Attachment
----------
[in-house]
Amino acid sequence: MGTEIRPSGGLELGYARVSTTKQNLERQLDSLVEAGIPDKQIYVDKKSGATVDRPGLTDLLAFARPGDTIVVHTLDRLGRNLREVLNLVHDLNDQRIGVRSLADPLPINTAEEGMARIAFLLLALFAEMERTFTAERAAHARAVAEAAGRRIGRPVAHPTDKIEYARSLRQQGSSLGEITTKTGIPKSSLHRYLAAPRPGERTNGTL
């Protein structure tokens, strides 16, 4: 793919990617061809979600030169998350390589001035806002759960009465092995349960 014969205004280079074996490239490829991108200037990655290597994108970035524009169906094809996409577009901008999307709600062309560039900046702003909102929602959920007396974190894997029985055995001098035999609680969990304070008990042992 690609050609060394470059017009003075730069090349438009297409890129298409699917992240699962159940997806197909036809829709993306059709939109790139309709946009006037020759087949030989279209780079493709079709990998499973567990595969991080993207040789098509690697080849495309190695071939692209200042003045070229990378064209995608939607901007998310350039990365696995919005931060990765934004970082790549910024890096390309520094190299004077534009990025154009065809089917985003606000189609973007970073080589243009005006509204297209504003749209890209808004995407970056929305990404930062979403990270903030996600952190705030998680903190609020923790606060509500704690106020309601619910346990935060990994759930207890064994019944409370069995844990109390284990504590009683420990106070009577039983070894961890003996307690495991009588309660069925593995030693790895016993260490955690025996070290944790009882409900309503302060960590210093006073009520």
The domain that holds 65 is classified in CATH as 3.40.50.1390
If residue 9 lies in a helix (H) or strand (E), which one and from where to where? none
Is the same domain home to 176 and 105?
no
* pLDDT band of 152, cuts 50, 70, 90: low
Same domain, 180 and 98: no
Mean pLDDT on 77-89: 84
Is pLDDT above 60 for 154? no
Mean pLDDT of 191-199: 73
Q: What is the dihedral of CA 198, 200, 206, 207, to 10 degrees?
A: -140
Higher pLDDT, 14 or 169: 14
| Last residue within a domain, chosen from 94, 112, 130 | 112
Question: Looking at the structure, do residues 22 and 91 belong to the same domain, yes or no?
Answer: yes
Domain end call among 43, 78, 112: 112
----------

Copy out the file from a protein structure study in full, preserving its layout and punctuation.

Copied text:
[in-house]
Amino acid sequence: MGTEIRPSGGLELGYARVSTTKQNLERQLDSLVEAGIPDKQIYVDKKSGATVDRPGLTDLLAFARPGDTIVVHTLDRLGRNLREVLNLVHDLNDQRIGVRSLADPLPINTAEEGMARIAFLLLALFAEMERTFTAERAAHARAVAEAAGRRIGRPVAHPTDKIEYARSLRQQGSSLGEITTKTGIPKSSLHRYLAAPRPGERTNGTL
């Protein structure tokens, strides 16, 4: 793919990617061809979600030169998350390589001035806002759960009465092995349960 014969205004280079074996490239490829991108200037990655290597994108970035524009169906094809996409577009901008999307709600062309560039900046702003909102929602959920007396974190894997029985055995001098035999609680969990304070008990042992 690609050609060394470059017009003075730069090349438009297409890129298409699917992240699962159940997806197909036809829709993306059709939109790139309709946009006037020759087949030989279209780079493709079709990998499973567990595969991080993207040789098509690697080849495309190695071939692209200042003045070229990378064209995608939607901007998310350039990365696995919005931060990765934004970082790549910024890096390309520094190299004077534009990025154009065809089917985003606000189609973007970073080589243009005006509204297209504003749209890209808004995407970056929305990404930062979403990270903030996600952190705030998680903190609020923790606060509500704690106020309601619910346990935060990994759930207890064994019944409370069995844990109390284990504590009683420990106070009577039983070894961890003996307690495991009588309660069925593995030693790895016993260490955690025996070290944790009882409900309503302060960590210093006073009520």
The domain that holds 65 is classified in CATH as 3.40.50.1390
If residue 9 lies in a helix (H) or strand (E), which one and from where to where? none
Is the same domain home to 176 and 105?
no
* pLDDT band of 152, cuts 50, 70, 90: low
Same domain, 180 and 98: no
Mean pLDDT on 77-89: 84
Is pLDDT above 60 for 154? no
Mean pLDDT of 191-199: 73
Q: What is the dihedral of CA 198, 200, 206, 207, to 10 degrees?
A: -140
Higher pLDDT, 14 or 169: 14
| Last residue within a domain, chosen from 94, 112, 130 | 112
Question: Looking at the structure, do residues 22 and 91 belong to the same domain, yes or no?
Answer: yes
Domain end call among 43, 78, 112: 112